On the afternoon of July 24, Stephanie and I had a candid conversation with our home hemo dialysis nurse, a woman who had become our friend and trusted adviser. Stephanie had been suffering with internal bleeding that was first detected in December 2014. Despite numerous efforts to resolve this problem, including multiple endoscopies and transfusions, things were not getting better but worse.
Our nurse sat with us and lovingly helped us to think through our situation. As we considered our options, the decision became clear. Stephanie did not have the will or energy to continue to pursue a resolution to this problem. That meant that eventually her hemoglobin would get so low that she would not be able to sustain life any longer. We cried, we prayed, and we surrendered Stephanie's life to the Lord.
Later that day, Stephanie began to hemorrhage. I called 911 and the ambulance came and rushed her to Waterbury Hospital. Her hemoglobin was plummeting, and the hemorrhaging was continuing. The doctor told me that he thought she should have a transfusion. I told him that he needed to ask her, and he did. When he asked her if she wanted a transfusion, she simply replied, "No". In saying that word she took control over her life and made a choice. She knew that meant that she would not live much longer. How could she say that when our instinct as human beings is to cling to life with all that we have? She made her choice. She said "No".
In the midst of the adrenaline rush that is typical of the early stages of an emergency room visit, I didn't process what it took for her to say "no", but in looking back I realize how brave she was because she made her own choice and chose to peacefully enter into the unknown. Watching her die was the most surreal experience I've ever had. Life, what little life that was left, was leaving her ravaged body. I wonder what was in her mind in those last hours. Perhaps she thought of the words from Revelation 21:4: ‘He will wipe every tear from their eyes. There will be no more death’ or mourning or crying or pain, for the old order of things has passed away.”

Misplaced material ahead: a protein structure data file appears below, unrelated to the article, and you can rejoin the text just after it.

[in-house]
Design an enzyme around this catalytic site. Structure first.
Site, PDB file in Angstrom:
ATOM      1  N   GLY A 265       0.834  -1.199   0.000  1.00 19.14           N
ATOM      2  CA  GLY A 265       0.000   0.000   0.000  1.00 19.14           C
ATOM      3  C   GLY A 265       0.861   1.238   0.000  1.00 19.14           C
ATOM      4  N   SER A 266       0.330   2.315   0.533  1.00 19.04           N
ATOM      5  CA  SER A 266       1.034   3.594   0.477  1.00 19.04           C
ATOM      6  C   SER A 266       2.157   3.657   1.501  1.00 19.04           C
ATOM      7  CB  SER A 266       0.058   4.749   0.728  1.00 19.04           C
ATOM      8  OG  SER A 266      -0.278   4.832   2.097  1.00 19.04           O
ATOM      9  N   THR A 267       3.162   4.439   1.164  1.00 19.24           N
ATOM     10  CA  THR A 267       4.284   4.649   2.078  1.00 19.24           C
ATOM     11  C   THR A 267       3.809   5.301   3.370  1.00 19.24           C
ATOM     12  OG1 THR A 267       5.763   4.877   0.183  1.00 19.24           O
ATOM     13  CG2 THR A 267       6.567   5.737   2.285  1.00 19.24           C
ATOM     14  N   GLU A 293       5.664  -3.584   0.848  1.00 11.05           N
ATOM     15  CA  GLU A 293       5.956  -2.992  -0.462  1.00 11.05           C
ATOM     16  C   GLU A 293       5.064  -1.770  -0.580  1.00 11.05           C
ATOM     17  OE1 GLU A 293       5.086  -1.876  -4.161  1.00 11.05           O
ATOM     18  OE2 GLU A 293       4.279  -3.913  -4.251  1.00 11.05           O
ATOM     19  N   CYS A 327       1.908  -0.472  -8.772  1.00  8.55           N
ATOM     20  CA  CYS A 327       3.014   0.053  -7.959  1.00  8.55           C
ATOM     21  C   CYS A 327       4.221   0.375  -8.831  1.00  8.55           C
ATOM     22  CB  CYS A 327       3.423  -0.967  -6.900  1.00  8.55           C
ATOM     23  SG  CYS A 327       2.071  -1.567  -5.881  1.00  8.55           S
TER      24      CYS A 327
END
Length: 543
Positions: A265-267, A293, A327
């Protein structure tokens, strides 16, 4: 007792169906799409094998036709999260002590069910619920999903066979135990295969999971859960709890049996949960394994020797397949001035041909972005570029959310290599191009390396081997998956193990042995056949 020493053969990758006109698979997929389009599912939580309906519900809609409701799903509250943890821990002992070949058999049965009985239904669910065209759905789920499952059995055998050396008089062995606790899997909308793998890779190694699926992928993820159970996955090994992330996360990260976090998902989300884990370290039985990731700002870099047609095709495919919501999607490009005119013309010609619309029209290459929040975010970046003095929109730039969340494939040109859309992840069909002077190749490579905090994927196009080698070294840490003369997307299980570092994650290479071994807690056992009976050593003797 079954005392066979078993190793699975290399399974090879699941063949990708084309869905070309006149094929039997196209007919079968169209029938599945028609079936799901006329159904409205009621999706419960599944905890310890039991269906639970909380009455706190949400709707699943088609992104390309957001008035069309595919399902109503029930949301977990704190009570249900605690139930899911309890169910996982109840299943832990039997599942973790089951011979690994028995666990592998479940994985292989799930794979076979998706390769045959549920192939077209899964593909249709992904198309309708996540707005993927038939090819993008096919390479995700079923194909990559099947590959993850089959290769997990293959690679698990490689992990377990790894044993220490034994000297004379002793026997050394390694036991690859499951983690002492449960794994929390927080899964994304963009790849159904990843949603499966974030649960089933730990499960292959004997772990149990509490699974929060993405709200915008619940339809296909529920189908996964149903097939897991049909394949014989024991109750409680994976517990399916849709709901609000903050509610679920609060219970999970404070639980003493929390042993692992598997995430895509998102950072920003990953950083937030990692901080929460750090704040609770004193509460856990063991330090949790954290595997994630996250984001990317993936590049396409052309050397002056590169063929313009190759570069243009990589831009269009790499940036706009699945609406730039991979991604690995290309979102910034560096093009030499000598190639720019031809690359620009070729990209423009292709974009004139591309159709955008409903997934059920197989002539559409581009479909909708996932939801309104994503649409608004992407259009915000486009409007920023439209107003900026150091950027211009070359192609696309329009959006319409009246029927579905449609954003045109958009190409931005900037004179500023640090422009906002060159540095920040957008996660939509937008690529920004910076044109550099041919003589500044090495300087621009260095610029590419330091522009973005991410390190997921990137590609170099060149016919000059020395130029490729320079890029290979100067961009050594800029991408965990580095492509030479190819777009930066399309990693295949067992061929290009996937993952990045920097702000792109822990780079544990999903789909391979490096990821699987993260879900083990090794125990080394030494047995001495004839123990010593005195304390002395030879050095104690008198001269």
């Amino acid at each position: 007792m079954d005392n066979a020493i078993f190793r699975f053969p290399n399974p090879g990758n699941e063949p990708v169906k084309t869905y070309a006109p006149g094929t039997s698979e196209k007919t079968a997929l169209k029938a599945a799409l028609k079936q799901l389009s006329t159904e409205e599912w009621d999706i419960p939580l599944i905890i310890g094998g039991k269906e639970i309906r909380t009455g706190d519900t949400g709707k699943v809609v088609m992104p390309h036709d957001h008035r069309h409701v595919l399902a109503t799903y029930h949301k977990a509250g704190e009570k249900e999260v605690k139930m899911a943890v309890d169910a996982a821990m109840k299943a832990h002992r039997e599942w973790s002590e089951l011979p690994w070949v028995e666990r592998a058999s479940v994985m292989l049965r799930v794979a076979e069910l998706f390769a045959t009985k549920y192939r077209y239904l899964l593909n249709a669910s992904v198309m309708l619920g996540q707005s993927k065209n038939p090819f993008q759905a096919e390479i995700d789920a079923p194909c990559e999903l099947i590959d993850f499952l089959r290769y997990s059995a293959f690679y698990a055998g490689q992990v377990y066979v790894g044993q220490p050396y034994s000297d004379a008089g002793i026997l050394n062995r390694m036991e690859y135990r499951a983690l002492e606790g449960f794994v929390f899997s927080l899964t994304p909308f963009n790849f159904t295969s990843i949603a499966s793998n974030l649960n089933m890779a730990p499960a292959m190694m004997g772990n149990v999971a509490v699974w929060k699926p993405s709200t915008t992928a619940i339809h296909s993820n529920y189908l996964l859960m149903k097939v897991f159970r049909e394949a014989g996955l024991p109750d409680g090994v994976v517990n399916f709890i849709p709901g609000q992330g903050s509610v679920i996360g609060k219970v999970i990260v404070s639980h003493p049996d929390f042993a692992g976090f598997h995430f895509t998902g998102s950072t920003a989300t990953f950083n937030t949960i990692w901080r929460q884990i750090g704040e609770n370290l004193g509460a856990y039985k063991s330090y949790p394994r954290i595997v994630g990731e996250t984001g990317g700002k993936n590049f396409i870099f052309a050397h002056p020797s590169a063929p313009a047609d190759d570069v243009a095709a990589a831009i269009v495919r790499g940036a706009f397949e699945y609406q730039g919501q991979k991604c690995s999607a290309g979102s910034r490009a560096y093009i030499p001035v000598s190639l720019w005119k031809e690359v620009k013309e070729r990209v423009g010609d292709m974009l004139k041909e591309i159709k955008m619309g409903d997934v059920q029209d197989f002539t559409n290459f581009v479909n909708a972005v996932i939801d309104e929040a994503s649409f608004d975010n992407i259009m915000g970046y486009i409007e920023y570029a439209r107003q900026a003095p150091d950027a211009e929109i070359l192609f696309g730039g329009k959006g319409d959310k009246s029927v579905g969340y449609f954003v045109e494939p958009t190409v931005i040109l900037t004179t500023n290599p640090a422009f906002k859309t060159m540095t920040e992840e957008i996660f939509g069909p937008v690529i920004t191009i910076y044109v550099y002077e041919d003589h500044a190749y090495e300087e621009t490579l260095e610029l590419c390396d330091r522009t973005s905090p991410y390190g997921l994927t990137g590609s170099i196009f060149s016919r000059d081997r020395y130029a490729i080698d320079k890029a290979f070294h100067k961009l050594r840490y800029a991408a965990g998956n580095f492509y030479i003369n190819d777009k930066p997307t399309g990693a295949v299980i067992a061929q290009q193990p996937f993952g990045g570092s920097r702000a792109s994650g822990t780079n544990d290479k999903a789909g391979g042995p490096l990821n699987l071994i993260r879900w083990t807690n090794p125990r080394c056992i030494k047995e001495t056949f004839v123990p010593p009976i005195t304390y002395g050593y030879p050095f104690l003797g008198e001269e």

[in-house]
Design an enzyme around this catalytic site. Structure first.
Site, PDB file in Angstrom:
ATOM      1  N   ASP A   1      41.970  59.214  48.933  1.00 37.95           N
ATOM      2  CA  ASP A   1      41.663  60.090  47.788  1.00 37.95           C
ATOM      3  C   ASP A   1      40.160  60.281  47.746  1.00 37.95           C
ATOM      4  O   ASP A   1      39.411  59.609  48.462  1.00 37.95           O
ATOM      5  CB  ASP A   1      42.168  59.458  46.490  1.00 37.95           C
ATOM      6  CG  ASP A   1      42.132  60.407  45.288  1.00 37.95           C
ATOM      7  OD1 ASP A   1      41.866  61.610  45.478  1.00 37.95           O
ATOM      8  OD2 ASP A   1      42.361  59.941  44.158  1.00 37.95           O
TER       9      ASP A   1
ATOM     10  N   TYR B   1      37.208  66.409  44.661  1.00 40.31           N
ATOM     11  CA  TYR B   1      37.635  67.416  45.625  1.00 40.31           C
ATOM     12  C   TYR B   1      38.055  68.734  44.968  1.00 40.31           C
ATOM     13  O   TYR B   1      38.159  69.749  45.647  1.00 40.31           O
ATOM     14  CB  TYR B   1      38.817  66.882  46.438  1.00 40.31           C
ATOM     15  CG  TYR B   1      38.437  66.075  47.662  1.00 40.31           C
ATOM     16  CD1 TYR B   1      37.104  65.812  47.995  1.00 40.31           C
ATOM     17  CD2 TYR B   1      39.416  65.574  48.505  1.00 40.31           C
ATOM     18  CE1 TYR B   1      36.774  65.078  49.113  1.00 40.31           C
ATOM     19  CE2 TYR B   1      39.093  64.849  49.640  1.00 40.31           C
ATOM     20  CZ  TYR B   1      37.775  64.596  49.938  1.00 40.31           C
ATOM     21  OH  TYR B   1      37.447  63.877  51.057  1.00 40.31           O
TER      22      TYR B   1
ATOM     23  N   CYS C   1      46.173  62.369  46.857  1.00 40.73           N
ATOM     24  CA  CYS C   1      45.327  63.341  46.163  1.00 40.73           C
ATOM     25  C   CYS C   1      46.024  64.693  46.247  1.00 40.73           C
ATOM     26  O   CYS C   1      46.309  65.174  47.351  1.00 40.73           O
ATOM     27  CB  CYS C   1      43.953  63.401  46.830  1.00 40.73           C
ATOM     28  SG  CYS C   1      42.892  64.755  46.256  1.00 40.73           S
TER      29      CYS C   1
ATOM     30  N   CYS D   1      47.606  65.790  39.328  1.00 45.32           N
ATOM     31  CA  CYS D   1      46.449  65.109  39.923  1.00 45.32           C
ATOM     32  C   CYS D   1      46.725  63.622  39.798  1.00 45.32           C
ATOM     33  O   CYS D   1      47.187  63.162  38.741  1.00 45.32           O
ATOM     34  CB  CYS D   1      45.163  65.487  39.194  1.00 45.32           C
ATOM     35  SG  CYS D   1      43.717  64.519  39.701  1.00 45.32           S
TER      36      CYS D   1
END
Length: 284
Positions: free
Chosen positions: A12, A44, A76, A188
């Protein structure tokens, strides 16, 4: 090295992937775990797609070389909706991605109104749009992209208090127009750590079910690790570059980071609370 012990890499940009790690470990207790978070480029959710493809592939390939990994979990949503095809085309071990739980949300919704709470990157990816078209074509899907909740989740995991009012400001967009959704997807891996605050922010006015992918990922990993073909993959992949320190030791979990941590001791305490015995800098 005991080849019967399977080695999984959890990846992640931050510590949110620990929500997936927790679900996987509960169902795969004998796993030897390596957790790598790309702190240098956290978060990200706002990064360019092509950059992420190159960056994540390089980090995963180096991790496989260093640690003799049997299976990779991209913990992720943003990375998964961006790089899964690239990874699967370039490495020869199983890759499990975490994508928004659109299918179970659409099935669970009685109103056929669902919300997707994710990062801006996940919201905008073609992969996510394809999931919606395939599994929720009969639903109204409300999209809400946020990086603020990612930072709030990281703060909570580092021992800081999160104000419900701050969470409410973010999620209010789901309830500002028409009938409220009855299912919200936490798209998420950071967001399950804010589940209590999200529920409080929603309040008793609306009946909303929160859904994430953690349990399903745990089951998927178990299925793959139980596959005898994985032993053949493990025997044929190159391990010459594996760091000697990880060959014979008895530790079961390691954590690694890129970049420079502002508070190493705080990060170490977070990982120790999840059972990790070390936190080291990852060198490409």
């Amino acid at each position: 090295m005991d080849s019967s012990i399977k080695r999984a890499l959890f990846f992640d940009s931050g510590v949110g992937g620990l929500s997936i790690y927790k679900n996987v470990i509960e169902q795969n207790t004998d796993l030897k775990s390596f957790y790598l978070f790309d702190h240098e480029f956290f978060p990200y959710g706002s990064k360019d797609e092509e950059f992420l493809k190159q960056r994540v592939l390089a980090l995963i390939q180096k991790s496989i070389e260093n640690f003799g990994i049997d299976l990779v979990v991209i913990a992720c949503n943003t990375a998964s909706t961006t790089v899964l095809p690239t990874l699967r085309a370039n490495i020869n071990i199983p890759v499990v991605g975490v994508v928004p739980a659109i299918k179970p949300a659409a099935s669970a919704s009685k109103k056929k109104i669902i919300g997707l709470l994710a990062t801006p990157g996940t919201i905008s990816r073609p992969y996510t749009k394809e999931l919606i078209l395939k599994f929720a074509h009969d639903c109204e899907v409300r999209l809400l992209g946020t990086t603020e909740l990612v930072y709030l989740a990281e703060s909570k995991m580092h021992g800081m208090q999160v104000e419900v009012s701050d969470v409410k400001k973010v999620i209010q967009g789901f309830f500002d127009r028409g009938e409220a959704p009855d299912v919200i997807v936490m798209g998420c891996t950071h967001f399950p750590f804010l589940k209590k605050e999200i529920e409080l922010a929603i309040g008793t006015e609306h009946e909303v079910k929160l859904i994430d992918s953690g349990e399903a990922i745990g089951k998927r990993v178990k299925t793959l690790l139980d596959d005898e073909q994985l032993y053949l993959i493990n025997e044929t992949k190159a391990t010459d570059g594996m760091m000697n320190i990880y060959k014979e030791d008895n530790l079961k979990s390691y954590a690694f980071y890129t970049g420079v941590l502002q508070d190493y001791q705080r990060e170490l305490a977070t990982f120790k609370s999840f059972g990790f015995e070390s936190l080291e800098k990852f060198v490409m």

She was entering peacefully into the unknown, but she knew that Jesus was waiting for her. Maybe the words that Jesus uttered on the cross were in her mind: “Father, into your hands I commit my spirit.” (Luke 23:46). These words come from Psalm 31 and were likely a bed time prayer for little Jewish children.
She was entering peacefully into the unknown because she knew that she was done. Paul described our bodies as like tents (2 Corinthians 5). Having tried and failed as a camper, I can attest that I prefer the comfort and convenience of my home to a tent. Tents wear out, and on July 25, Stephanie's tent wore out, but although her tent was done, her life was just beginning. Later in that passage Paul said: "What is mortal is swallowed up by life." So while her earthly tent was failing, what made her Stephanie was being swallowed up by life. At times death has been portrayed as a devouring monster, but Paul said that life swallows the mortal.
Ultimately it was her choice that astounded me. She was worn out and exhausted and incredibly brave and assured of what was in store for her. She made her choice - bravely, peacefully, submissively. “Father, into your hands I commit my spirit.”